January 11, 2005

Finding empathy for Shanley



I was anxious as I boarded the plane to Boston to see Paul Shanley, a priest accused of pedophilia, made notorious by The Boston Globe and the national media. What would we talk about after all these years? I didn’t want to quiz him about the lurid stories I had read. I didn’t want to ask, “Paul, did you do these terrible things?” I was hoping he would sense that I just wanted to offer him the comfort of friendship.

I met Paul, who is scheduled for trial Jan. 24, in the early 1970s at a conference in Dayton, Ohio, about ministry to homosexual persons. Over the years, we would minister together in various ways. We marched to the Detroit chancery to protest the diocesan newspaper’s firing of Brian McNaught, a gay man and youth columnist. We demonstrated for gay and lesbian civil rights legislation in Wichita, Kan., at the height of Anita Bryant’s anti-homosexual campaign. We spoke at meetings for lesbian and gay Catholics, presented workshops to sensitize heterosexual Catholics about homosexuality, and prayed publicly that our society and church would acknowledge that lesbian and gay persons need make no apology for their sexual orientation.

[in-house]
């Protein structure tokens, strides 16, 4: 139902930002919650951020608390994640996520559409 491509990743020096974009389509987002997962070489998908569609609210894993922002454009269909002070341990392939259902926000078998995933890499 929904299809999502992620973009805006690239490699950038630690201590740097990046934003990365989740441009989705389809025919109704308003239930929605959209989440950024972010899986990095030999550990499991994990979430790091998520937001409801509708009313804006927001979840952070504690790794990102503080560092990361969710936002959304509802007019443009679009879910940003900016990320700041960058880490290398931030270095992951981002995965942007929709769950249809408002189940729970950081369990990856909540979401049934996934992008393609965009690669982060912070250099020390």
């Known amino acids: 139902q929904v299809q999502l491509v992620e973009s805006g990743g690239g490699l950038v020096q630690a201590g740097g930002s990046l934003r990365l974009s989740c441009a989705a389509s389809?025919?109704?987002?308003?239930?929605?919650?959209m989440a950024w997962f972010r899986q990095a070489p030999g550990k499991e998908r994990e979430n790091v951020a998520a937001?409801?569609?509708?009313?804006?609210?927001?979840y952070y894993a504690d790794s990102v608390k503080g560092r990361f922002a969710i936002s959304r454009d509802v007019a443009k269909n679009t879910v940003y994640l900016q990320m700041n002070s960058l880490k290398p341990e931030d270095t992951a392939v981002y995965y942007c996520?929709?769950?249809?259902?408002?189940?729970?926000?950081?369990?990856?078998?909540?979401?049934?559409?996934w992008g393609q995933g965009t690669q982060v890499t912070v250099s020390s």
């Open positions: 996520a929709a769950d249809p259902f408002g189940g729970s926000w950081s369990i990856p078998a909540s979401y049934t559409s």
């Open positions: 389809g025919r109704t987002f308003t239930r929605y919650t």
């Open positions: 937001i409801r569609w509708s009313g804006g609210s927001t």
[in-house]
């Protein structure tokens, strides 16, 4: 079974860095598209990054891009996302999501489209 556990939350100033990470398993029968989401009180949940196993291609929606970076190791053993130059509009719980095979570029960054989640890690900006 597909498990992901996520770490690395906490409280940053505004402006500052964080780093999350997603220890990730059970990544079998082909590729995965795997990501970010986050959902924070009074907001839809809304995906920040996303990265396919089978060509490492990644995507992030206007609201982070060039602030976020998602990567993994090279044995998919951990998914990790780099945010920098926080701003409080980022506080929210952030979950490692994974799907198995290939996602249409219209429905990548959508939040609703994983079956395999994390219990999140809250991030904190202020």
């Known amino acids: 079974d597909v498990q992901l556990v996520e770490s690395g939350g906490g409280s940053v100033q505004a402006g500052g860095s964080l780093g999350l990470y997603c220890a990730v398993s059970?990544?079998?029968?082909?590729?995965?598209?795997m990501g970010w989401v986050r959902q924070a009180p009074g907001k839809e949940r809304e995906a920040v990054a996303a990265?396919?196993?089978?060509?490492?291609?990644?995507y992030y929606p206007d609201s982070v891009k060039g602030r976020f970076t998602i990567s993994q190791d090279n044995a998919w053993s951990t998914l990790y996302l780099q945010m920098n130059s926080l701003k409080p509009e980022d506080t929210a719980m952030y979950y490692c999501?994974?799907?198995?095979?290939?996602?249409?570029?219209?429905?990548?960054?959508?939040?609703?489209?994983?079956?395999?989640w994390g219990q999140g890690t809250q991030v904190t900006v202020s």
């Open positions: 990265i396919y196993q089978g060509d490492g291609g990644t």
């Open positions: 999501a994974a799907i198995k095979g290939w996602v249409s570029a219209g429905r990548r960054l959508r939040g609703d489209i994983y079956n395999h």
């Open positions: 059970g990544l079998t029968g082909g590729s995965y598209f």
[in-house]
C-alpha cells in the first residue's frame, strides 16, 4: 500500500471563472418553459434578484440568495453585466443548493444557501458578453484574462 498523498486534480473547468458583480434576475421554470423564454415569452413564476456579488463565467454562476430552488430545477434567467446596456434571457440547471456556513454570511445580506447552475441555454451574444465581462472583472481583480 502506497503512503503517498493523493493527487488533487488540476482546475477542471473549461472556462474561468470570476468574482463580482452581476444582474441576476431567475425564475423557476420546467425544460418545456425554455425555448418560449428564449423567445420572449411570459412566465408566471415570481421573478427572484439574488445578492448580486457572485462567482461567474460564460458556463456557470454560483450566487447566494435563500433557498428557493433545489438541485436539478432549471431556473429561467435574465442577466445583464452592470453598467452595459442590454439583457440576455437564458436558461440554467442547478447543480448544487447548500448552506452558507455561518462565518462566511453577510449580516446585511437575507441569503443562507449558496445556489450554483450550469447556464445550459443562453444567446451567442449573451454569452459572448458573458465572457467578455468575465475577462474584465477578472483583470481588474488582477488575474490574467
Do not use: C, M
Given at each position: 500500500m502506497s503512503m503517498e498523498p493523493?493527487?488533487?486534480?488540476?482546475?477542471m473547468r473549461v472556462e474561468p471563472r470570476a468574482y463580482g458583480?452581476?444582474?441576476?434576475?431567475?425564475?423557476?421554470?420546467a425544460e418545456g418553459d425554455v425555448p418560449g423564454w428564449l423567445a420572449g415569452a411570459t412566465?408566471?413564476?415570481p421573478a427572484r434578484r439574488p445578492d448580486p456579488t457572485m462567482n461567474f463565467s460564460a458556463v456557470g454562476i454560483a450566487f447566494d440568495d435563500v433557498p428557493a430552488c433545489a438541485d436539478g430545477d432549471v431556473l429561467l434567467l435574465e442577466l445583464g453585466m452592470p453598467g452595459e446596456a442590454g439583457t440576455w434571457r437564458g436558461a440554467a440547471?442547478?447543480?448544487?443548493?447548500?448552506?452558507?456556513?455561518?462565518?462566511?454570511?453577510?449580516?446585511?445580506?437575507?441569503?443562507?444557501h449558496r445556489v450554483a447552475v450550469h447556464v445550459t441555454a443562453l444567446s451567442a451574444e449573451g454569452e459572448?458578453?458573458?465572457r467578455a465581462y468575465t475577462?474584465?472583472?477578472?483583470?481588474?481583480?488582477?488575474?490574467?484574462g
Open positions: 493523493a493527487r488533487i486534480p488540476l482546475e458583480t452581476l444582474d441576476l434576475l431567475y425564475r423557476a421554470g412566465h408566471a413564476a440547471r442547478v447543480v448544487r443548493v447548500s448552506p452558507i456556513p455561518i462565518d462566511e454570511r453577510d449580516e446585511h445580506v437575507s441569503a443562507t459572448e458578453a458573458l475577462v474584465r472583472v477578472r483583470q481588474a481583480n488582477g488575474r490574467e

I knew Paul to the extent that one knows most colleagues in ministry. I understood him as a person who shared my vision of justice for the oppressed. I experienced him as an iconoclast who publicly denounced social, medical or ecclesial institutions that kept the underdog continually underneath. I admired this man who reminded the establishment what it was established for -- service to individuals, not self-preservation. I was proud to be acquainted with him and call him a friend.

But for many months following the public revelations of his alleged abusive actions, I felt uneasy acknowledging I knew Paul, as if my association with him would imply I had little sympathy for victims of sexual abuse. Of course, I was appalled and horrified by the sexual violations against our young or not so young by persons in positions of trust. At the same time, my heart grieved for this man I had not seen in almost 20 years, but whose principles and whose advocacy for the downtrodden I had applauded for three decades.

Posted by kshaw at January 11, 2005 03:33 PM